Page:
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Directory entires that have specified Norway as one of the geographic regions for the project/activity and are included in the AMAP, ENVINET, SAON and SEARCH directories. Note that the list of regions is not hierarchical, and there is no relation between regions (e.g. a record tagged with Nunavut may not be tagged with Canada). To see the full list of regions, see the regions list. To browse the catalog based on the originating country (leady party), see the list of countries.
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Follow-up of mother-child cohort 515 childer and delivering women. Started 2006, will be followed due to AMAP protocol for 12 years
To monitor levels of pollutants in merlin by analysis of POPs and heavy metals in eggs and feathers. /Feathers and addled eggs of merlin were collected in 1992, 1993, 1994, 1999 and 2000 for chemical analysis of POPs and heavy metals. Comparisons with eggs from museum collections show that there has been a significant shell thinning in eggs of Norwegian merlins. From 1947 up to 1990 the eggs were on average ca. 15% thinner than normal and after 1990 the thinning has been ca. 10%. There are still high concentrations of DDE to reduce reproductive output in some cases. The PCB levels are low compared to the DDE levels and the concentrations of other chlorinated hydrocarbons are also low. Results from mercury analyses indicate possible effects on breeding performance in some adults.
The present project includes one pilot study of wild adult glaucous gull (Larus hyperboreus) and one experimental study of glaucous gull chicks raised in captivity. The pilot study of adult gulls gave us enough blood and tissue samples to develop the methods needed for immune system analysis in the laboratory experiment. In the experimental study a total of 39 glaucous gull chicks were hatched and raised in captivity in Svalbard, Norway. The chicks were divided into two groups. One experimental group (20 chicks) was given food that mimicked the “natural” food found in the marine environment. The control group (19 chicks) was given “clean” food. After 56 days the chicks were sacrificed in order to collect samples for analyses of organochlorines (OCs) and immunocompetence measurements. The experimental group had 2.8, 3.9, 5.0, and 6.1 time’s higher concentrations of HCB, Oxychlordane, ?DDT, and ?PCB, respectively, compared to the control group at day 56. All chicks used in the experiment were immunised with various vaccines and sera in order to test their ability to respond against foreign antigens. The experimental chicks produced low levels of virus neutralising antibodies when tested against the herpes virus and reovirus. They produced higher levels of neutralising antibodies when tested to tetanus toxoid. There was, however, no difference between the experimental groups with regard to the mean antibody titres. The chicks in both groups also responded to the influenza virus by increasing the production of specific antibodies. However, the mean antibody titre in the exposed group was significantly lower than in the control group. The mitogen-induced response of blood lymphocytes to PHA and LPS was significantly higher in the exposed group compared to the control group. The specific response of blood lymphocytes to Con A, PWM, KLH, TET, and PPD was higher in the exposed group compared to the control group. However, do to high variance in the exposed group there was no significant difference between groups with regard to the lymphocyte response to these mitogens. The results from the present study indicate a toxic effect of OCs on the glaucous gull chicks, which induced a systematic activation of the immune system. Further work on data will be performed.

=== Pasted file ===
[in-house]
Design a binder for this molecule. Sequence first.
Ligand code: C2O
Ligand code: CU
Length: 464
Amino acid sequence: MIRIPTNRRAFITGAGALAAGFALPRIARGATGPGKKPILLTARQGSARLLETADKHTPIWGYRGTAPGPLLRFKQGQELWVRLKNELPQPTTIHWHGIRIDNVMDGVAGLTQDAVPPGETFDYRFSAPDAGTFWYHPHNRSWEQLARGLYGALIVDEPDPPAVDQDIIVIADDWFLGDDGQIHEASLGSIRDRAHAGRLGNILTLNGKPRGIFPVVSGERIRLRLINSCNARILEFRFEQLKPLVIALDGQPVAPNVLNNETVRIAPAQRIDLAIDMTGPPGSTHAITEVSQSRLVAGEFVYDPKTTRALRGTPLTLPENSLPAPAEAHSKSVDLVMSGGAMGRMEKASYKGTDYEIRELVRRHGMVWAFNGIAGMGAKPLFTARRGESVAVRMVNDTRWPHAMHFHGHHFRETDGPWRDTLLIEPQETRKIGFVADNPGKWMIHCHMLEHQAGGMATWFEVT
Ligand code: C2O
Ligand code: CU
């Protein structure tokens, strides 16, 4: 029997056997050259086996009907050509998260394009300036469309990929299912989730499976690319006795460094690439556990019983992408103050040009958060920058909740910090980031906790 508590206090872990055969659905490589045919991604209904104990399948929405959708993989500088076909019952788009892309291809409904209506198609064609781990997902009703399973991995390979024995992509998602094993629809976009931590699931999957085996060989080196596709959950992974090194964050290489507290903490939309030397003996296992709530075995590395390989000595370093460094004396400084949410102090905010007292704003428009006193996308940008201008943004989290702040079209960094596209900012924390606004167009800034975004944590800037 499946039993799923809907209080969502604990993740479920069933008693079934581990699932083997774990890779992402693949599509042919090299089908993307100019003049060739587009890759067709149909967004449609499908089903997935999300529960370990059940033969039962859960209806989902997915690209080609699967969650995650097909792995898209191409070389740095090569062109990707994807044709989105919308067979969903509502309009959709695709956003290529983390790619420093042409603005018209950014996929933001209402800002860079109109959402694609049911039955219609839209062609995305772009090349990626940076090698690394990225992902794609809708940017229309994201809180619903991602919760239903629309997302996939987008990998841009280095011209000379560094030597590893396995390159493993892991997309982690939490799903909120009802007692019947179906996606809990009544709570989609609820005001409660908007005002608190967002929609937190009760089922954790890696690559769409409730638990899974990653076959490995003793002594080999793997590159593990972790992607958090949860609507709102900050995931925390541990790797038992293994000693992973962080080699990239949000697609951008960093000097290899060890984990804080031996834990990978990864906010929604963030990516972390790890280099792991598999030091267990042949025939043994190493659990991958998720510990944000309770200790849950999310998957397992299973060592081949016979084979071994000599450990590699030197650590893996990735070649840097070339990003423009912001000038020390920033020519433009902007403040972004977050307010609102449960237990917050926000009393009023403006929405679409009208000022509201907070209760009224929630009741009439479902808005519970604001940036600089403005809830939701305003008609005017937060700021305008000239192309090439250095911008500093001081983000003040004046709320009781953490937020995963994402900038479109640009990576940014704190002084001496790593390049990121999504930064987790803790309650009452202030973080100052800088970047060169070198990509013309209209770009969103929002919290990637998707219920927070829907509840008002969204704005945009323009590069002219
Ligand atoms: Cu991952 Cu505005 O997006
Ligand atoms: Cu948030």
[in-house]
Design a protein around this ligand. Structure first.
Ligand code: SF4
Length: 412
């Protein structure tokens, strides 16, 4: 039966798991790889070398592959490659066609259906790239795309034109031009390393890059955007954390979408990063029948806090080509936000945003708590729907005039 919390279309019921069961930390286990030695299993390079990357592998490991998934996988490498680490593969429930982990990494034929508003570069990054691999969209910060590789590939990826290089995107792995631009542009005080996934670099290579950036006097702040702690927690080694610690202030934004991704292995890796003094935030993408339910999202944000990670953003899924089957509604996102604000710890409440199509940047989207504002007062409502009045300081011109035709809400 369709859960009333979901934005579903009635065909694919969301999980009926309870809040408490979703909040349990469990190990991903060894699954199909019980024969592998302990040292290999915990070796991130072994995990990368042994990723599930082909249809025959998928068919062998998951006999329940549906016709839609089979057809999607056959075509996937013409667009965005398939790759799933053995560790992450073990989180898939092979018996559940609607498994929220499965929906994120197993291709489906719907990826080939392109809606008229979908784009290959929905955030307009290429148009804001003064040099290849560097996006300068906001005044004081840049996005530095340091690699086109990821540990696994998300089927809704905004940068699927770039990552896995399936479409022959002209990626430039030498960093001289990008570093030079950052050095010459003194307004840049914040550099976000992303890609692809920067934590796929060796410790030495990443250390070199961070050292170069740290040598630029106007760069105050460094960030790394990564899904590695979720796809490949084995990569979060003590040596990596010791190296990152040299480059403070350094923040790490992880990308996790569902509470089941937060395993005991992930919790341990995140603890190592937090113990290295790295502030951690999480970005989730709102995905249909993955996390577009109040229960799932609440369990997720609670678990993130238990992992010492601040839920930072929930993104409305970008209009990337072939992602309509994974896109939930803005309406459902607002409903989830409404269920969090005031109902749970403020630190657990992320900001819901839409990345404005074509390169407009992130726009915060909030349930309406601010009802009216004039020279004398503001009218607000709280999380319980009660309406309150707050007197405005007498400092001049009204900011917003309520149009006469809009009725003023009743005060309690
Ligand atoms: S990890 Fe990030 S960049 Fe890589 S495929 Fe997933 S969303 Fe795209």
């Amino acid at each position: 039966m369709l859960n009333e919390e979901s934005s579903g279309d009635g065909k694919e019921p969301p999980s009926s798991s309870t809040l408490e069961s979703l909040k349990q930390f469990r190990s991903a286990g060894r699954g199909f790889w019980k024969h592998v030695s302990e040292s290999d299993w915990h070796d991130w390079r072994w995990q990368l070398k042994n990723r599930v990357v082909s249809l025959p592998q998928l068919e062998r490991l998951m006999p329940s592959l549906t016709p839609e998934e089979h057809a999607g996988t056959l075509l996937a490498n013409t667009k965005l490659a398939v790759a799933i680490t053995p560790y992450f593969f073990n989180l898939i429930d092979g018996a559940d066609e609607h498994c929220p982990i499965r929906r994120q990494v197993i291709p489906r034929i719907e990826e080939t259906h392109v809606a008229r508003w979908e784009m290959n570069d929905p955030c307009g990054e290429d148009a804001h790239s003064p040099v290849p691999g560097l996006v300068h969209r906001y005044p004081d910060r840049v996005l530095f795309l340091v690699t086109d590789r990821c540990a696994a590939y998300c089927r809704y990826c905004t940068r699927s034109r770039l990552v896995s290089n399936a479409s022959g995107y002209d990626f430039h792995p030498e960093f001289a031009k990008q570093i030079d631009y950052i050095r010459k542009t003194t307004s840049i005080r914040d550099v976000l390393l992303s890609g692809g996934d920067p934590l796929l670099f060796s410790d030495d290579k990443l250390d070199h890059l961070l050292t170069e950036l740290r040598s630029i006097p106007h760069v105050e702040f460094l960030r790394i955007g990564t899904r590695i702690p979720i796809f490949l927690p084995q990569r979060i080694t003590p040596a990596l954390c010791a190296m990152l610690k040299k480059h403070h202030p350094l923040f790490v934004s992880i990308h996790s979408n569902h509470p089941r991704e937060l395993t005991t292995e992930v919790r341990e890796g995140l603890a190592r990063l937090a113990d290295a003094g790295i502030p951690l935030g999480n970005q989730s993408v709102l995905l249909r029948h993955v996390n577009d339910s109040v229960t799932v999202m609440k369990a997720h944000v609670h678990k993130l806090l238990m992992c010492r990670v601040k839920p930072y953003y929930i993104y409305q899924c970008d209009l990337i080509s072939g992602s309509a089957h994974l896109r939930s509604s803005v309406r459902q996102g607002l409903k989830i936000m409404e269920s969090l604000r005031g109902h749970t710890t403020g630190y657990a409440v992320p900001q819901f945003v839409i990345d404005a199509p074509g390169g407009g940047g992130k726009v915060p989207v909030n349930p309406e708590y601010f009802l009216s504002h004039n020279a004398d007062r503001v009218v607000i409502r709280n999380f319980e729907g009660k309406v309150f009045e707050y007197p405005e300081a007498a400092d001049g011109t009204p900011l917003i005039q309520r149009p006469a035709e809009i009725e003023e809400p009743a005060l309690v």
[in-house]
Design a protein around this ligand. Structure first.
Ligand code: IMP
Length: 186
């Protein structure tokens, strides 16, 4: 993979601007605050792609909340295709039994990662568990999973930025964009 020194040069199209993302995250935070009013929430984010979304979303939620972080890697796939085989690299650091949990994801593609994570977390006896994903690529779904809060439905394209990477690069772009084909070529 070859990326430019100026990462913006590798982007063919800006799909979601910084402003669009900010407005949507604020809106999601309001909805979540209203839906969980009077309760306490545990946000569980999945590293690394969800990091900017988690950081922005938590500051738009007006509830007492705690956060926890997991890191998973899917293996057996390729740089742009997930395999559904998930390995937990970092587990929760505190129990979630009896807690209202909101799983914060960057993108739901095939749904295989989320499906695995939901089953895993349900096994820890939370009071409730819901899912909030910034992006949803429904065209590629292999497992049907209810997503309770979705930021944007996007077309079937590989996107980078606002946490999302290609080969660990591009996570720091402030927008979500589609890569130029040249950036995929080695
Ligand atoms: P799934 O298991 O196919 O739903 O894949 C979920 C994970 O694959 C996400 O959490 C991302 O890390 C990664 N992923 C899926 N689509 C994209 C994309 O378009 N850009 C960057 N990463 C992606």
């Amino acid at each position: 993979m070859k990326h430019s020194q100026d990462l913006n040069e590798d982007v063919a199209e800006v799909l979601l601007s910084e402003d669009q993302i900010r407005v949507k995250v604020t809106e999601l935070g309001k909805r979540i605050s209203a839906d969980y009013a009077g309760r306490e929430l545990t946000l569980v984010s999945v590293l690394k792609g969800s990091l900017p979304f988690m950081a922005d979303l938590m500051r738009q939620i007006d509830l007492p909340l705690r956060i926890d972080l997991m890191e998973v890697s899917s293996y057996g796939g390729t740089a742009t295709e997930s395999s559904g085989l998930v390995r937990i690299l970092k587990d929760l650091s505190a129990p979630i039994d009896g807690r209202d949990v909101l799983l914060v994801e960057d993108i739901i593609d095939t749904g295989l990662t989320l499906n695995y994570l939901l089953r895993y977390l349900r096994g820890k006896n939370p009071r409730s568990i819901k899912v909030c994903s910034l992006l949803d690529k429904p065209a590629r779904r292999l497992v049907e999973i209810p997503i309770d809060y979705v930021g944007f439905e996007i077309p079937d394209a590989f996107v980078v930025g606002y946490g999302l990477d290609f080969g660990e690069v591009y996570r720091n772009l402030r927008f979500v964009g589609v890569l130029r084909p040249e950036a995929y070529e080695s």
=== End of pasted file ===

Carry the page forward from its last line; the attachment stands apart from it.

Levels of selected contaminants have been determined in sediment, blue mussel, seeweed and fish from harbour areas in Harstad, Tromsø, Hammerfest and Honningsvåg in northern Norway. The following contaminants were included in the study: PAH, PCB, 5CB, HCB, OCS, HCH, DDT, DDE, DDD, TBT, Cd, Cu, Hg, Pb, Zn and Li. A few samples were also analysed for dioxines (PCDD and PCDF), non-ortho PCBs and PCN. The results were compared with the Norwegian State Pollution Control Authorities classification system for marine sediments (Molvær et al. 1997). Elevated (and in most cases very high) levels of most of the measured contaminants were found in all the investigated harbour areas.